Based on the Emmy Award-winning short film of the same name, Notes on Blindness is the debut feature from Writer-Directors Peter Middleton & James Spinney, whose work explores new approaches in the documentary form.
Embedding original documentary elements within cinematic interpretations and textured sound design (from acclaimed Supervising Sound Editor Joakim Sundström), the filmmakers take the viewer on an illuminating and deeply personal journey deep into what John calls “a world beyond sight”.
This film meanders in the terrain vague between documentary and fiction. We hear the voices of Hull and his wife, but we see actors. It’s a kind of visual dubbing. That ambiguity meshes well with Hull’s reflections on the role of sight in memories and the forming of identity. That is intellectually interesting, but also offers a glimpse inside Hull’s mind. He starts out desperate, wrestling, but finally embraces his fate.
Catching up with the filmmakers after their Sundance premiere, we spoke with Peter and James at the 2016 International Film Festival Rotterdam where ‘Notes on Blindness’ screened as part of the festival’s Voices program.
What was the most challenging aspect of adapting a short film into a feature-length film? How did your approach to its narrative evolve over the course of production?
From the moment we first heard John’s diaries, we knew that there was huge potential for developing a feature-length project from the material. We began adapting extracts from the diaries as short films as a means of developing our style and approach and to build support for the feature film.
The short films predominantly drew from three of John’s diary entries and so could only hint at the larger journey contained within the diaries as a whole. Although they begin as an account of loss and grief, over time they come to record a period of discovery, rebirth and renewal, as John begins to interpret blindness as a ‘dark, paradoxical gift’.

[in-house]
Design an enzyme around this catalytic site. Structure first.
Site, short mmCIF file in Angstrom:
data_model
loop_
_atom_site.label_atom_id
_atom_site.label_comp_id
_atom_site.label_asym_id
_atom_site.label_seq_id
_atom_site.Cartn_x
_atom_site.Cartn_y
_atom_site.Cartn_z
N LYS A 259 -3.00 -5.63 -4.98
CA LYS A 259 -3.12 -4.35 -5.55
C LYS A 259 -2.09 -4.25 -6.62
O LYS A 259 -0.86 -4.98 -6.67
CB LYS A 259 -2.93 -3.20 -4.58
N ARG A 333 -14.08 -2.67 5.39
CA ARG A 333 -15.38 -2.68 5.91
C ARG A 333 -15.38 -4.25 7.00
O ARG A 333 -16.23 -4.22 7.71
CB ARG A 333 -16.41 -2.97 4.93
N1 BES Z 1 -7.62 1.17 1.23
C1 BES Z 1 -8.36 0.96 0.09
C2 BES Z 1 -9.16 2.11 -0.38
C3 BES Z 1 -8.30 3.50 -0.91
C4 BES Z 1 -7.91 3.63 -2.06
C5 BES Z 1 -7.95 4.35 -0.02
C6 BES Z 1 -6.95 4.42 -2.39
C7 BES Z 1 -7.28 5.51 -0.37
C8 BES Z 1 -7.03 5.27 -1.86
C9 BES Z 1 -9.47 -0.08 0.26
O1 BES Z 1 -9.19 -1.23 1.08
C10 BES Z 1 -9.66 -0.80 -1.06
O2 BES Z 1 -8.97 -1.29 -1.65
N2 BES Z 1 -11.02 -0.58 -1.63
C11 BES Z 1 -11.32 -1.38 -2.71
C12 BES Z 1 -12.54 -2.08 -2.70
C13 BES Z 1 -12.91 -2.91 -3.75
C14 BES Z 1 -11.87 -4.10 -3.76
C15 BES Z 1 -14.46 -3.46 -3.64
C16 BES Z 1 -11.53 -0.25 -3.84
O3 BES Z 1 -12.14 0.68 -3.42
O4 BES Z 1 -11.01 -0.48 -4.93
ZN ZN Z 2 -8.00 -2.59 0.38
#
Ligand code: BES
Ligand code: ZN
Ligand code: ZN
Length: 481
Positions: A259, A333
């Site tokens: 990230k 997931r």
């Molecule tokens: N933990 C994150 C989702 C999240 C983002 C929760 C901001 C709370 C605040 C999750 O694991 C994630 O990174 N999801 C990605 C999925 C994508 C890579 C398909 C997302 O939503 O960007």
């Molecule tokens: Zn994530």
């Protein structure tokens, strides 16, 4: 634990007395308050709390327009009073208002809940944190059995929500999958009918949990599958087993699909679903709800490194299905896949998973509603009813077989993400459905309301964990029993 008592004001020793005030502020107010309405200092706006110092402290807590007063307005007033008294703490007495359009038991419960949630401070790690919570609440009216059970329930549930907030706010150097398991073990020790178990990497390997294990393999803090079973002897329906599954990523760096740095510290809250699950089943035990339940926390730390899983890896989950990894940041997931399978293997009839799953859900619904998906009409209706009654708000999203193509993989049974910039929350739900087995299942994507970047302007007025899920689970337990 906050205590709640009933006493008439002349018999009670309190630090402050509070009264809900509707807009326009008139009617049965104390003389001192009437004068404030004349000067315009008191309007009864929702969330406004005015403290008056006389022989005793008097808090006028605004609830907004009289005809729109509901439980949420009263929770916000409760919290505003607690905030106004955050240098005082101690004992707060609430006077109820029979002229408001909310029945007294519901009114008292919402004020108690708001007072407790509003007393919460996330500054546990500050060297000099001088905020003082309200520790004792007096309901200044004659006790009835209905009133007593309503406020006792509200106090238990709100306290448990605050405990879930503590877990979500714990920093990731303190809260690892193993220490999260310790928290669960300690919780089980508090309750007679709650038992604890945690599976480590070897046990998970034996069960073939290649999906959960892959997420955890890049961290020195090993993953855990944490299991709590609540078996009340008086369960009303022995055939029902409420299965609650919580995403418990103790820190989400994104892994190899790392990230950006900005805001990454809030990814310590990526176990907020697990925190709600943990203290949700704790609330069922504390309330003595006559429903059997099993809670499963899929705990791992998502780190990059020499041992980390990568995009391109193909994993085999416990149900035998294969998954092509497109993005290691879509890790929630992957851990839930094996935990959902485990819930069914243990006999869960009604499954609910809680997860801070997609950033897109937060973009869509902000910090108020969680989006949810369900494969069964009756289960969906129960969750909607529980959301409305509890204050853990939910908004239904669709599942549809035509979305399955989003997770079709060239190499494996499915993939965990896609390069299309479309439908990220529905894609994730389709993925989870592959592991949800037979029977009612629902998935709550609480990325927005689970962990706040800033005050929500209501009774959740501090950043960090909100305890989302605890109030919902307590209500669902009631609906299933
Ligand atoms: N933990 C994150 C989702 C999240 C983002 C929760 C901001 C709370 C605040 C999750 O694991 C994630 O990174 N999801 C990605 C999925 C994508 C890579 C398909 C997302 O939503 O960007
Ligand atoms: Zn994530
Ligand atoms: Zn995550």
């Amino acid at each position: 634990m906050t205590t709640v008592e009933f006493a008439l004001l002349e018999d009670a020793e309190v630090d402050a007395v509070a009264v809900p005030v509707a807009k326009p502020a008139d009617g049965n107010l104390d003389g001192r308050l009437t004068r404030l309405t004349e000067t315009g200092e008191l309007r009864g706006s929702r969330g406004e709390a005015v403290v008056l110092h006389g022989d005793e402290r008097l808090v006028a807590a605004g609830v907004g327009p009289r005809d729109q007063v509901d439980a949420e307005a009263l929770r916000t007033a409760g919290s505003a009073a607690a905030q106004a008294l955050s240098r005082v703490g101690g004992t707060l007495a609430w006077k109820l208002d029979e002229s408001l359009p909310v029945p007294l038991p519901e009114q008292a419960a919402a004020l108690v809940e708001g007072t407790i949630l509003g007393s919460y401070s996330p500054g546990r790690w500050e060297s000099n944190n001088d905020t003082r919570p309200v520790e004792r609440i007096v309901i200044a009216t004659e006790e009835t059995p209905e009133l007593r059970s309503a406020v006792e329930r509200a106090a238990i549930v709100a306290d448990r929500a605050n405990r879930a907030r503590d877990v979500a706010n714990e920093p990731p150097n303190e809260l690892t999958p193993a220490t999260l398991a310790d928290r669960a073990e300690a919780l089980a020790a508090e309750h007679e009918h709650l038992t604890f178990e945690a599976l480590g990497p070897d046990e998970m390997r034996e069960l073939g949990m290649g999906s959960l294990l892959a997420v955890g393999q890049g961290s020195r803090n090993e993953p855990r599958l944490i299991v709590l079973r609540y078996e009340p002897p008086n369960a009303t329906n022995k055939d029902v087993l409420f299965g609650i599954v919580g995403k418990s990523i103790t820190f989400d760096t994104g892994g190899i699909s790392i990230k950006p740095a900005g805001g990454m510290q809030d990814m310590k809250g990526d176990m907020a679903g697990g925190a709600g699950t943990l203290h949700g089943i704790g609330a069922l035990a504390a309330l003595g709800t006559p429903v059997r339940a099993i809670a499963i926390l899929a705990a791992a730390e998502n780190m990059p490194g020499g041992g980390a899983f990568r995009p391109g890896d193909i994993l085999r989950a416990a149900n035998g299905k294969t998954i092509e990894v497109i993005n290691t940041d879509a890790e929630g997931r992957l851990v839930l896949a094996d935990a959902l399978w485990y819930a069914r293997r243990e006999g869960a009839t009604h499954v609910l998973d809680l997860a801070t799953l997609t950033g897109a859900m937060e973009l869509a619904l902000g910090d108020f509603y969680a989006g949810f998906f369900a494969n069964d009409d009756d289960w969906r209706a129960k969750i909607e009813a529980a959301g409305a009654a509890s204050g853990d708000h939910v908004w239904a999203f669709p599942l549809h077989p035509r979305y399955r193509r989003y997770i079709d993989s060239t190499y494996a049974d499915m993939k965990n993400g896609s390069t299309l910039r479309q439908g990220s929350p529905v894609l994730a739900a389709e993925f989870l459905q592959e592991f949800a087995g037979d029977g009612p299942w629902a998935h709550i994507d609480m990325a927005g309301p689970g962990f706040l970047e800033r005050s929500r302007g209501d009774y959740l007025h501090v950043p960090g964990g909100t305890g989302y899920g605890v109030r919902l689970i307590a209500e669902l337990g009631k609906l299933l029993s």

Whilst the audio narration for the short film is entirely constructed from John’s diaries, the feature also draws upon contemporary interviews we recorded with John and Marilyn, reflecting on the events from a distance of thirty years. As well as this, in the late stages of development John and Marilyn unearthed boxes of tapes containing tens of hours of home recordings from the period that the film is set. This meant that characters that we had previously only known through John’s narration were now addressing us directly – the voices of the children and John’s elderly parents came blaring out from the recorder. This led to the development of the lip-sync technique which we had experimented with in the short but which became essential to connecting the authentic documentary audio which forms the basis of the soundtrack with its dramatic incarnation on screen.
What was your original introduction to the film’s subject, John Hull?
We had met John and Marilyn Hull in December 2010, whilst researching an altogether different project. Among the first-person testimonies we had come across during our research was John’s book, “Touching the Rock: An Experience of Blindness”. The foreword to the publication mentions that the book was based upon a series of audio diaries John had kept during the early 1980s. We asked John whether the tapes were still in existence. A few months after this first meeting we received a parcel containing a dusty box of eight C90 cassettes – sixteen hours in total – that hadn’t been heard for almost quarter of a century.
In reading on the film, there was much thought that went into the Cinematography. When you were working on the original short film, how did you first see the cinematography of the film? How did this evolve? Did you take the same approach to the feature than to the short?